Familiar script nets familiar results for Penn State
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UNIVERSITY PARK, Pa. -- In conference play this year, against what Penn State coach Patrick Chambers calls the best competition in the country, Penn State has done exactly what it wants to do in the majority of games.
Opponents come to the Bryce Jordan Center and run into a swarming defense.
The visiting coach will call it one of the most tenacious he has seen all season.
The effort of Penn State, he will say, is unimpeachable.
The latest example: "I don't know if there's a team in the Big Ten that plays harder," Ohio State coach Thad Matta said. "They're going to be a team to be reckoned with."
There's always that compliment and always the promise of the future, but there's also always the final score, which never has favored Penn State in Big Ten play. It didn't Saturday, either.
The Nittany Lions lost to 14th-ranked Ohio State, 65-51.
One sentence describes Penn State's downfall, a very familiar sentence: The Nittany Lions (8-12, 0-8 Big Ten) didn't make shots.
They shot 29 percent in the first half, which included an 11-minute stretch without a field goal, allowing Ohio State (15-4, 5-2) to gain a double-digit lead, and 36 percent for the game. Players remain steadfast in how they can start winning Big Ten games.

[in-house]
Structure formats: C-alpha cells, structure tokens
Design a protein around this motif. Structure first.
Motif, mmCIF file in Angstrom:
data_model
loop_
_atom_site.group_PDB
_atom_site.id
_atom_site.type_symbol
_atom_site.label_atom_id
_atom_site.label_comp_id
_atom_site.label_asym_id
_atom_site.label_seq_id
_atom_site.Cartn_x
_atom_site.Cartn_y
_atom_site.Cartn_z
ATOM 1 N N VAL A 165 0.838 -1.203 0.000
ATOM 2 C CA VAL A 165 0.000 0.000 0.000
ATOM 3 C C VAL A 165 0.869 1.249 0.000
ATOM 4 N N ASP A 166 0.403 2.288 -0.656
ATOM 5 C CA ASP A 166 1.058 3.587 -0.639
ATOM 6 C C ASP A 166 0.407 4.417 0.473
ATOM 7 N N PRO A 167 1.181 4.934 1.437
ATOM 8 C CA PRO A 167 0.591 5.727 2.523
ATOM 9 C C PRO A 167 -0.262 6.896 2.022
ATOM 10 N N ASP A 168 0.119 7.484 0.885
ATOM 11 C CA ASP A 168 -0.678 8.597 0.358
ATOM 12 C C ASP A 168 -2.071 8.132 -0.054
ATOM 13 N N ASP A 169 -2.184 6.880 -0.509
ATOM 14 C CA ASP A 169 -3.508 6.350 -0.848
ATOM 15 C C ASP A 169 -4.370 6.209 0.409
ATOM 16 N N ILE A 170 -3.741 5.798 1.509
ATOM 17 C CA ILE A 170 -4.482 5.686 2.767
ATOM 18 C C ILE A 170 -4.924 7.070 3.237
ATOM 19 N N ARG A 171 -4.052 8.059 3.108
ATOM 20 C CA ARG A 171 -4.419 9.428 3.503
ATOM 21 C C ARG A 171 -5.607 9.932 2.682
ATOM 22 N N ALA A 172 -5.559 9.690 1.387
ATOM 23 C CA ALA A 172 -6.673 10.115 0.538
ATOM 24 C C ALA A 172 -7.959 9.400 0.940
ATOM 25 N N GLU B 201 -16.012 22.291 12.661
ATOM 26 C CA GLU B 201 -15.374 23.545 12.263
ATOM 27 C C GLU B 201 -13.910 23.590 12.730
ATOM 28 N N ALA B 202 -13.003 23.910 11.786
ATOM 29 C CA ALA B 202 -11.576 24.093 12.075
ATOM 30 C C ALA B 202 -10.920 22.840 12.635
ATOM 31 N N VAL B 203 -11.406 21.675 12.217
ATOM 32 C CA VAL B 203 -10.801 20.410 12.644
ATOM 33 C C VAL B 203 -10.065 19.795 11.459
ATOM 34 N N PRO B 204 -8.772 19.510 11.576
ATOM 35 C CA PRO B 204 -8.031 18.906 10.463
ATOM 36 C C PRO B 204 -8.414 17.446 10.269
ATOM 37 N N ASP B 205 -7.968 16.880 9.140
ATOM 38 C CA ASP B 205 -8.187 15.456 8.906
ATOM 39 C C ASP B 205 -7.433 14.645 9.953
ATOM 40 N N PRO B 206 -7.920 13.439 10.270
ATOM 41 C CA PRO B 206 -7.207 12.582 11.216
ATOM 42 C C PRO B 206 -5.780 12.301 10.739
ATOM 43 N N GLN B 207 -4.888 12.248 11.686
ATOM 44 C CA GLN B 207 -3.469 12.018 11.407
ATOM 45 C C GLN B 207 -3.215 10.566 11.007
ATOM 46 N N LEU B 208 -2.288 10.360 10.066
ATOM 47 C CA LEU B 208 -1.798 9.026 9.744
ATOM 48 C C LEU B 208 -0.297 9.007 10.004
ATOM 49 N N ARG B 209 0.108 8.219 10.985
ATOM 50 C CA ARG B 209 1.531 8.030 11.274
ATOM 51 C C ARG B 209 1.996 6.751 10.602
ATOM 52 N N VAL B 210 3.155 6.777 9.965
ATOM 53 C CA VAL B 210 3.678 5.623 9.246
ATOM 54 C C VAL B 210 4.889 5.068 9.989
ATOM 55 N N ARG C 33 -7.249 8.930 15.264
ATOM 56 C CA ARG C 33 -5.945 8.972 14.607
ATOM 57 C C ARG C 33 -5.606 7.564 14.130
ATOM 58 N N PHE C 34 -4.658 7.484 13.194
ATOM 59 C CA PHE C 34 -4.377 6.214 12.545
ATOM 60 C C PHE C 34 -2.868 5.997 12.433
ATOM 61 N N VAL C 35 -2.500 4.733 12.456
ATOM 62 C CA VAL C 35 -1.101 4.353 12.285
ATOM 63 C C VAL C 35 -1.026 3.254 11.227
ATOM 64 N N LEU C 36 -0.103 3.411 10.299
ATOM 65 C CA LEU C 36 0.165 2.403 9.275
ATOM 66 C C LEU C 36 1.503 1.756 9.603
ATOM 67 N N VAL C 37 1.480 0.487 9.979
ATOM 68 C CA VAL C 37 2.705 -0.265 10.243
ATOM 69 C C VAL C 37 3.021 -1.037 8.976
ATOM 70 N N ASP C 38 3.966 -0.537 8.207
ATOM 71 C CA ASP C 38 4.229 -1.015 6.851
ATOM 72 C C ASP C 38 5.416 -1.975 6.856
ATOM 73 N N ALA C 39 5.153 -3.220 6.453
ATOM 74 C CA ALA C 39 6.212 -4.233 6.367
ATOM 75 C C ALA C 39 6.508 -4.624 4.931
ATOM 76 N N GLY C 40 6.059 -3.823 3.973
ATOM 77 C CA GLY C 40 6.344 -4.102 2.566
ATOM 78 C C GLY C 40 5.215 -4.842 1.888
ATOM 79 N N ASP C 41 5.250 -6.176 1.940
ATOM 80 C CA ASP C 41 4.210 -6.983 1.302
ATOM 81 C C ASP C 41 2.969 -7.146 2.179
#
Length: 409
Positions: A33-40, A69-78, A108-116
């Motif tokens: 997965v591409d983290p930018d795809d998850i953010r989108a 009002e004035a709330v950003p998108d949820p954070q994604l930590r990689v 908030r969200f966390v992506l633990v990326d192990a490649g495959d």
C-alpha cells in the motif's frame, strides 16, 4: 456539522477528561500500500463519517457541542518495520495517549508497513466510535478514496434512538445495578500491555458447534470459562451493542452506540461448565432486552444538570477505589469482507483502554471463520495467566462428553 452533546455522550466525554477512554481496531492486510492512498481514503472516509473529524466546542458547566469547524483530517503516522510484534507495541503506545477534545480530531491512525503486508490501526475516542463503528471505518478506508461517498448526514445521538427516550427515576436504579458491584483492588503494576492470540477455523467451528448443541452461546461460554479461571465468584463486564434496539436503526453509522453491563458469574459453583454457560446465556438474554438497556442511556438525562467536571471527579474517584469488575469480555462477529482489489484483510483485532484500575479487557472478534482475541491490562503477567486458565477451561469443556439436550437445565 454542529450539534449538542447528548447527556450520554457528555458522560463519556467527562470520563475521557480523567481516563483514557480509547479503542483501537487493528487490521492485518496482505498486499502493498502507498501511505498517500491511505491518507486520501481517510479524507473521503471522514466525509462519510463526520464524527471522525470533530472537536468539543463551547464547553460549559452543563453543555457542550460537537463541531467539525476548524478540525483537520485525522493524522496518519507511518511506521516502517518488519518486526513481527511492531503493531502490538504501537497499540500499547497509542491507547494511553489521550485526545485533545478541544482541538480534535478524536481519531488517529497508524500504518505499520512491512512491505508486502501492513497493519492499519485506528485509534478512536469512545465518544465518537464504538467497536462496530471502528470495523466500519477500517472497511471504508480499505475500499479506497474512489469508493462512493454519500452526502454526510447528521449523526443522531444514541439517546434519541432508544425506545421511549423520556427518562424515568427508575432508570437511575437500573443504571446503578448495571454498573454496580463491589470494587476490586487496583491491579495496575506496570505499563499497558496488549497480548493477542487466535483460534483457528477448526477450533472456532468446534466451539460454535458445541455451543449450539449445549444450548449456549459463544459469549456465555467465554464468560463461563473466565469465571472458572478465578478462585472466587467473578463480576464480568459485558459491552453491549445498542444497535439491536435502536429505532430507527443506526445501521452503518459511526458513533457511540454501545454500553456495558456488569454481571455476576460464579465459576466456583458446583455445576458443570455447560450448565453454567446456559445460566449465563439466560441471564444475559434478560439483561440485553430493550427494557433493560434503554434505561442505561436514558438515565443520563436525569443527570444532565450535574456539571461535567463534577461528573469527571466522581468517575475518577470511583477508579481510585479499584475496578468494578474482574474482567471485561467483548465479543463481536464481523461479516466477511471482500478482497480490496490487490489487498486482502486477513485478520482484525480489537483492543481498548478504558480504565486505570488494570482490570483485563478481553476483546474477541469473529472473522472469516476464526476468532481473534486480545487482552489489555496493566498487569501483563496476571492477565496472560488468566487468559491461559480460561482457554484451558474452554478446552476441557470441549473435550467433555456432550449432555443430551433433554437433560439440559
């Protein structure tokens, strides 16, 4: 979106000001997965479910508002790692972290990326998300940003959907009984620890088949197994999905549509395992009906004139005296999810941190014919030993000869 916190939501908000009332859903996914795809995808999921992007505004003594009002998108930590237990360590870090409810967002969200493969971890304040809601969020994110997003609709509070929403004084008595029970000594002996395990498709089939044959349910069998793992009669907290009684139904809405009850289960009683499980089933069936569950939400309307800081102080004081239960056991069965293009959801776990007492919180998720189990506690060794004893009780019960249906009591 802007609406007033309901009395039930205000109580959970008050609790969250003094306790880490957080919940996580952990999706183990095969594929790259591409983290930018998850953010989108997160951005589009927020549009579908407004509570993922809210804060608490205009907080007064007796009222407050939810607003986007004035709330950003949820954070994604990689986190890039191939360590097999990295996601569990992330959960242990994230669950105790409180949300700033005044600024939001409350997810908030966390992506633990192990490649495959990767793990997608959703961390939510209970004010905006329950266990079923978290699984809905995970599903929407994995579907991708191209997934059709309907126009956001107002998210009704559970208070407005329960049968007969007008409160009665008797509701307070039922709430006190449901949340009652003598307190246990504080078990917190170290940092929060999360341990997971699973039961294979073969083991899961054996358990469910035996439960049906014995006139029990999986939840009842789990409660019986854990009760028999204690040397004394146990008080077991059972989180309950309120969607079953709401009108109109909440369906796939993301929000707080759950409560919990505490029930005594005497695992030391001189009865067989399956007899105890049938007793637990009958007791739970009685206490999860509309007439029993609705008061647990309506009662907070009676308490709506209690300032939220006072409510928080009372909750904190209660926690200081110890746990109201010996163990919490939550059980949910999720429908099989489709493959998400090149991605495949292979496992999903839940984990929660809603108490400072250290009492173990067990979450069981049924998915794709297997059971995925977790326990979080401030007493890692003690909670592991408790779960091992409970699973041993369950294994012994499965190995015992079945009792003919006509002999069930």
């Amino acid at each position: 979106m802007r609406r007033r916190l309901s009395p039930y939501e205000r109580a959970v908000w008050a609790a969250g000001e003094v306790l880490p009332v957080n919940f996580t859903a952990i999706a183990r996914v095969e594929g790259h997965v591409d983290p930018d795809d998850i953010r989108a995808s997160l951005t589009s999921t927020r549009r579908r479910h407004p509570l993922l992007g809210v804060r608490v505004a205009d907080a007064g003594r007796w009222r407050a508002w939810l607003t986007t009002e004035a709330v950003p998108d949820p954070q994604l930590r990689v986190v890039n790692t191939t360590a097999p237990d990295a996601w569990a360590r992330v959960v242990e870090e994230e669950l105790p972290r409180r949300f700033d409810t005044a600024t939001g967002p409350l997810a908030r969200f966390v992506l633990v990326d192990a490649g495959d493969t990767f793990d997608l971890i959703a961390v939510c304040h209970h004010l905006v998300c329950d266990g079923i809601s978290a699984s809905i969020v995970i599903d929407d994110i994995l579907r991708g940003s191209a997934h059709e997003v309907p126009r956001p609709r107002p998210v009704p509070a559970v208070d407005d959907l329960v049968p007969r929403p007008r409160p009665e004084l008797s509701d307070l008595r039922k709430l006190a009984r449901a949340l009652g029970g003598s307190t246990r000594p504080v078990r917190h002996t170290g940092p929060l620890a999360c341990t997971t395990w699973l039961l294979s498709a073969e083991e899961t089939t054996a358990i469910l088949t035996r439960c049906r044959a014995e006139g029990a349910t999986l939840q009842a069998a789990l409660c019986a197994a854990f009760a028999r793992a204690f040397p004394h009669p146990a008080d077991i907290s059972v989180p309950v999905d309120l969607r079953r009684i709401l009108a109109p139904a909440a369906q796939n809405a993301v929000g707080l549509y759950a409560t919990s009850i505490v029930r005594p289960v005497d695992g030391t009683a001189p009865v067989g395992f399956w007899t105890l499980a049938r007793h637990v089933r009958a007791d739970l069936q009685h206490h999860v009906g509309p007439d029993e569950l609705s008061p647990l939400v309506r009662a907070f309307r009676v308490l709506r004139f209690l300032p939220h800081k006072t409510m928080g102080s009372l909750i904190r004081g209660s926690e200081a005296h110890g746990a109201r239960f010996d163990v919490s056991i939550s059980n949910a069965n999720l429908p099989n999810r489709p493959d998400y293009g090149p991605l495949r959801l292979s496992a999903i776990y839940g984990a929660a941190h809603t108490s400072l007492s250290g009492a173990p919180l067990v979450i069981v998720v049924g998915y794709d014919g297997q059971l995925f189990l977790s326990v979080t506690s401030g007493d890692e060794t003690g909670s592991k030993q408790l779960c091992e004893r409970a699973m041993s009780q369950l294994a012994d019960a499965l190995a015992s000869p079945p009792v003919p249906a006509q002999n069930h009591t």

"Stick to our staple -- defense and rebounding," guard Jermaine Marshall said.
But they've said that for weeks, and the formula has not worked. Penn State, though not a great rebounding team (it was outrebounded by 14 by Ohio State), often has held teams below their scoring average.
Ohio State, for instance, averages 73.4 points per game this season.
Its star player DeShaun Thomas averages 20.5 points, and he scored 11 points on 4-for-13 shooting.
After the game, Chambers suggested that discovering a consistent third scorer could help Penn State start winning. That's been difficult all year.
Marshall and D.J. Newbill almost certainly will score. But after those two dependable players, no one has solidified as a scorer. Freshman Brandon Taylor, who had a strong start this season, made only one of his eight shots Saturday, and Chambers frequently shouted at Taylor to keep shooting.
"What I think is happening is we're getting a little more sped up against more athletic, physical players," Chambers said.
"I like the shots we're taking."
Chambers claimed that after the game he didn't see a dry eye in the locker room.
The implication was clear: He believes the team still cares. He believes the season is not lost even if postseason play is out of the picture.
Newbill reiterated those points. He said he wouldn't want to be anywhere besides this place.
Penn State is eight tough games into conference play, with eight remaining. The Nittany Lions will need that optimism if anything good is to come out of all the effort and building toward the future.
"I feel like we're close," Chambers said.
First Published January 27, 2013 12:00 am